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Saturday, March 19, 2016


ROUTES & BRANCHES
a home for the americana diaspora
March 12, 2016
Scott Foley

On this blog I've frequently referenced my appetite for loose, reckless music.  There's nothing like the rush of being taken for a violent ride and barely holding on.  That said, I also have a soft space in my musical heart for the well maintained, polished and produced vehicle of bands like Reckless Kelly, Sons of Bill or Left Arm Tan.  No need to worry, there's dust aplenty on that Fort Worth quintet's sprawling 18-song opus Lorene.  It's in the bass of "Gonna Find Me a Rock" or the electric guitar that tears into the relatively restrained "Brass On Burgundy".  Otherwise, Lorene is a lovingly polished jewel, or maybe a whole treasure chest of them.  Produced by frequent Old 97s helmsman Salim Nourallah, there is such a precision and separation to the recording, a painstaking professionalism that's rare for a young band.  The opener, "Gonna Find Me a Rock", is a relentlessly good natured ramble, propelled by an unflagging optimism and an earworm chorus. "Break Even" is Left Arm Tan's strongest story song on Lorene, a family table set for a father who hasn't returned from war.  It's the strain of heartland roots rock that might've garnered radio play for an artist who knows people. 97s' guitar man Ken Bethea joins a tongue-in-cheek "Freedom Bus", sharing the mic with fellow Texan Walt Wilkins.  A tune that at first blush seems a rousing call to inclusion reveals upon closer listen a biting sarcasm and social commentary: "Freedom bus / O freedom bus / Spread your glory on all of us / But mainly me".  Across the palette of 18 songs, Lorene generously paints the musical corners with choruses that hook the ear and careful arrangements that range from tastefully restrained americana to all out roots rock anthems.  From the chiming pedal steel of "Blacktop Blues" to the straightforward melodic rock of "Daylight Redemption", Left Arm Tan offers mature blue collar Texas country at its finest

While there are no new tracks to be had, I think the universe is a better place with the announcement of Bees and Seas: the Best of Slobberbone.  Sure, their four records sit on my basement shelves, but this gives me the excuse to revisit the brilliance of "Whiskey Glass Eye", "Little Drunk Fists", "Lumberlung' and "Trust Jesus".  Such an essential document following the thread from early alt.country to today's americana singer-songwriters.

Also this Episode, at 83 years old Loretta Lynn is in such great voice on Full Circle, the first in what promises to be a series of releases with John Carter Cash providing the Rick Rubin to Loretta's Johnny Cash.  And we enjoy a promising new cut from Margo Price's forthcoming CD - and it's no accident that I played these tracks back-to-back.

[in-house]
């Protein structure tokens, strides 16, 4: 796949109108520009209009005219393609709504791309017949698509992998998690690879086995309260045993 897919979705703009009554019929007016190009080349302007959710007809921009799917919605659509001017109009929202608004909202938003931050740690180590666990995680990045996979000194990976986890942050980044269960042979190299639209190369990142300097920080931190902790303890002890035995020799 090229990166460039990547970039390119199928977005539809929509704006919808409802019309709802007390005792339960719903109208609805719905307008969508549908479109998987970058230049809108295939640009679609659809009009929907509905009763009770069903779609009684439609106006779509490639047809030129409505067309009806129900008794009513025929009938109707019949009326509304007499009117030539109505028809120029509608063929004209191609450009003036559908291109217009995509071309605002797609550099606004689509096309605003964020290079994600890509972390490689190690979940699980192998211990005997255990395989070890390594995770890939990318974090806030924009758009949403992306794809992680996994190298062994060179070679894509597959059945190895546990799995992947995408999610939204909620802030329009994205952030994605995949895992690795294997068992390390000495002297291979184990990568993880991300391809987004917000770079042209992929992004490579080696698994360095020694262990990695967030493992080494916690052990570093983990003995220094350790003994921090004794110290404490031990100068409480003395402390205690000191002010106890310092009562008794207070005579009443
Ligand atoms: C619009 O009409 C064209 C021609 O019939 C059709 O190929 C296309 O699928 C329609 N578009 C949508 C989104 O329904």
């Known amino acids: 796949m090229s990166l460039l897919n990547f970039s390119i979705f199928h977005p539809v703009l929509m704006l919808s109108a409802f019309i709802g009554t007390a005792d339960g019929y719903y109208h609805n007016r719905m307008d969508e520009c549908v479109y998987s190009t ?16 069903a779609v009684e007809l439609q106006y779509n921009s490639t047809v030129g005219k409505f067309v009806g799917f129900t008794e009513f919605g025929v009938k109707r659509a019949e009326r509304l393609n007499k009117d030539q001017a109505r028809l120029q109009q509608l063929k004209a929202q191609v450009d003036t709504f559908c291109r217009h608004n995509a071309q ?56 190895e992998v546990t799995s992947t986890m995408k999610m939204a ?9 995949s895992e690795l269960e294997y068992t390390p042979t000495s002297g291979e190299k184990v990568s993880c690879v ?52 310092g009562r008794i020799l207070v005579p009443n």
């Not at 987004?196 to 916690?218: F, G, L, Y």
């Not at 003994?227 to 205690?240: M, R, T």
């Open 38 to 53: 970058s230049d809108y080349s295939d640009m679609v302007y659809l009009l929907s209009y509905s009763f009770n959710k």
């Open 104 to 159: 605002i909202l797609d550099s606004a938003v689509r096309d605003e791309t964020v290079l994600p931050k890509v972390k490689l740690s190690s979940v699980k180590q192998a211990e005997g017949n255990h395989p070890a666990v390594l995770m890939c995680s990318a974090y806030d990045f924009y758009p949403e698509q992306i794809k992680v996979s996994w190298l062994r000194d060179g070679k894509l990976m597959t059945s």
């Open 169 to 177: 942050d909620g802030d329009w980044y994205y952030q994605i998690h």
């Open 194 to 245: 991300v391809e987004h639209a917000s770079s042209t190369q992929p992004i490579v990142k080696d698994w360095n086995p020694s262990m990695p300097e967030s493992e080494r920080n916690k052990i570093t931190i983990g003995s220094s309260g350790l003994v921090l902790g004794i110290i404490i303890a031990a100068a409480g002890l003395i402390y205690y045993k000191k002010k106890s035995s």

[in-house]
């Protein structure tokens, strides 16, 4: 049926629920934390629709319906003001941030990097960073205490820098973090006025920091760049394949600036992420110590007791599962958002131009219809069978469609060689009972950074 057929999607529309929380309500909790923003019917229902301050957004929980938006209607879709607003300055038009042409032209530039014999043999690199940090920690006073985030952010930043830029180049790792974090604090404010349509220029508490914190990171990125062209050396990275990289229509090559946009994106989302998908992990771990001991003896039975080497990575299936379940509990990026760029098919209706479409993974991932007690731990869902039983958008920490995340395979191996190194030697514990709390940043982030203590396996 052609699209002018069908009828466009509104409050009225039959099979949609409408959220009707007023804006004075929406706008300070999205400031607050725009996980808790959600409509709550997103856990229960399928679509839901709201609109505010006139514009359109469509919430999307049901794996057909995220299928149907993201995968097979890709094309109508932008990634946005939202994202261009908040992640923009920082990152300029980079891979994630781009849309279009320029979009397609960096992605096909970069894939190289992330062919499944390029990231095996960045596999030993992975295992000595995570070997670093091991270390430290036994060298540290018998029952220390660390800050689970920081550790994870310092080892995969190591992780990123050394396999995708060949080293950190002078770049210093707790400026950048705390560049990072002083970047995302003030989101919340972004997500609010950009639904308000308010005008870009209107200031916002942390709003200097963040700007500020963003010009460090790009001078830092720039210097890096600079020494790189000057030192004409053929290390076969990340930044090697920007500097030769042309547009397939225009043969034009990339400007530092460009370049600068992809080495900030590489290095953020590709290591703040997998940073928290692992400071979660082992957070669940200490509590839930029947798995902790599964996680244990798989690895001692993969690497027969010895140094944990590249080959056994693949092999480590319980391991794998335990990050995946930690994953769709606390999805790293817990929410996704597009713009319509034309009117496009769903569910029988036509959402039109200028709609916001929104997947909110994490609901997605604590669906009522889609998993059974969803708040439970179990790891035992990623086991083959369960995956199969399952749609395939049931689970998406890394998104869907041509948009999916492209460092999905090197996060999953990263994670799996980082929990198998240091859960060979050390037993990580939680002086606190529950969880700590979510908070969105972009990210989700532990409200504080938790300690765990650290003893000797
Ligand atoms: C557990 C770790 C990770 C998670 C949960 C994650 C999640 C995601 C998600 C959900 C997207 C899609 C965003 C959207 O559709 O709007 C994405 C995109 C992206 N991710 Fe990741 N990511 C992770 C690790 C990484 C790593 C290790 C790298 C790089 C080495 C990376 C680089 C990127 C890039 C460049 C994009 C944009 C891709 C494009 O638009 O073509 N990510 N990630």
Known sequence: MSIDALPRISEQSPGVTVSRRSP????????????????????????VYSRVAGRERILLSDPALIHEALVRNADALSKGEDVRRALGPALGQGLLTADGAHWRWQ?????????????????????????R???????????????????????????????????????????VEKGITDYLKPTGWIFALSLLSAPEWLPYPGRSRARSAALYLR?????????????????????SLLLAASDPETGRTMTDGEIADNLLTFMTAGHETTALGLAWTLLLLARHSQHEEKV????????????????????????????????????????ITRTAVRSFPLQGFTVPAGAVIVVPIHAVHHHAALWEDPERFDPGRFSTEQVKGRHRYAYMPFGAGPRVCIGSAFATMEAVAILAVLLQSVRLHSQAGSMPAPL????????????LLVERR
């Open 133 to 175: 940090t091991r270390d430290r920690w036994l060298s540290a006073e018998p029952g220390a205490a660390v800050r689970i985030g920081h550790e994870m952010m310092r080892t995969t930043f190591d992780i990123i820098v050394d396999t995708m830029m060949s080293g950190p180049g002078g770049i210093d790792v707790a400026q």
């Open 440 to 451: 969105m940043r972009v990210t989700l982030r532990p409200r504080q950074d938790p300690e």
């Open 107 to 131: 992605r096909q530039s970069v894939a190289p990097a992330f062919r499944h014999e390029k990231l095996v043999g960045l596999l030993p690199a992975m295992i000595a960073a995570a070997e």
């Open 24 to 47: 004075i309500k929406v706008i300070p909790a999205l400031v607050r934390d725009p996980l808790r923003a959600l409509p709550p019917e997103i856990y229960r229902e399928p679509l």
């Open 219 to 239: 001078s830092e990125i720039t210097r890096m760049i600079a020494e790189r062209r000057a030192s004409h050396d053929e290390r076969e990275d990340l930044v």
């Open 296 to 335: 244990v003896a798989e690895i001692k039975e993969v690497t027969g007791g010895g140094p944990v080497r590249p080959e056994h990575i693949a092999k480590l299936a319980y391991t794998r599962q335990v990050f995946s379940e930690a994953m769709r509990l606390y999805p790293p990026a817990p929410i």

- Wilco, "One Sunday Morning (live)" single  (Dbpm, 12)
- Blasters, "Just Another Sunday" Hard Line  (Slash, 85)
- Sarah Borges, "Tendency to Riot" Good and Dirty  (Dry Lightning, 16)
- Waco Brothers, "Going Down In History" Going Down In History  (Bloodshot, 16)
- Greyhounds, "Devil's Eyes" Change of Pace  (Ardent, 16)
- Mavis Staples, "Don't Cry" Livin' On a High Note  (Anti, 16)
- M Ward, "Slow Driving Man" More Rain  (Merge, 16)
- Sturgill Simpson, "Brace For Impact (Live a Little)" Sailor's Guide to Earth  (Atlantic, 16)
- Chris Pureka, "Back in the Ring" Back in the Ring  (Sad Rabbit, 16)
- White Buffalo, "Modern Times" Love & the Death of Damnation  (Unison, 15)
- Roosevelts, "Peaches" Greatest Thing You'll Ever Learn  (Roosevelts, 16)
- Case/lang/Veirs, "Atomic Number" Case/lang/Veirs  (Anti, 16)
- Lukas Nelson & Promise of the Real, "Georgia" Something Real  (Royal Potato Family, 16)
- Parker Millsap, "Heaven Sent" Very Last Day  (Thirty Tigers, 16)
- Loretta Lynn, "Wine Into Water" Full Circle  (Sony, 16)
- Margo Price, "Hands of Time" Midwest Farmer's Daughter  (Third Man, 16)
- Hayes Carll, "Magic Kid" Lovers & Leavers  (Thirty Tigers, 16)
- Al Scorch, "Everybody Out" Circle Round the Signs  (Bloodshot, 16)  D
- Wrinkle Neck Mules, "Central Daylight Time" Apprentice to Ghosts  (Lower 40, 12)
- Slobberbone, "Little Drunk Fists" Bees and Seas: Best of Slobberbone  (New West, 16)  D
- John Doe, "Go Baby Go" The Westerner  (Cool Rock, 16)
- Mary Chapin Carpenter, "Something Tamed Something Wild" Things That We Are Made Of  (Thirty Tigers, 16)
- Chuck Ragan, "What We Leave Behind" Flame in the Flood  (Ten Four, 16)
- Robbie Fulks, "Sweet As Sweet Comes" Upland Stories  (Bloodshot, 16)
^ Left Arm Tan, "Take Me Out" Lorene  (LAT, 16)
- Split Lip Rayfield, "Hundred Dollar Bill" Should Have Seen It Coming  (Bloodshot, 04)
- Caleb Caudle, "Carolina Ghost" Caroline Ghost  (This is American Music, 16)

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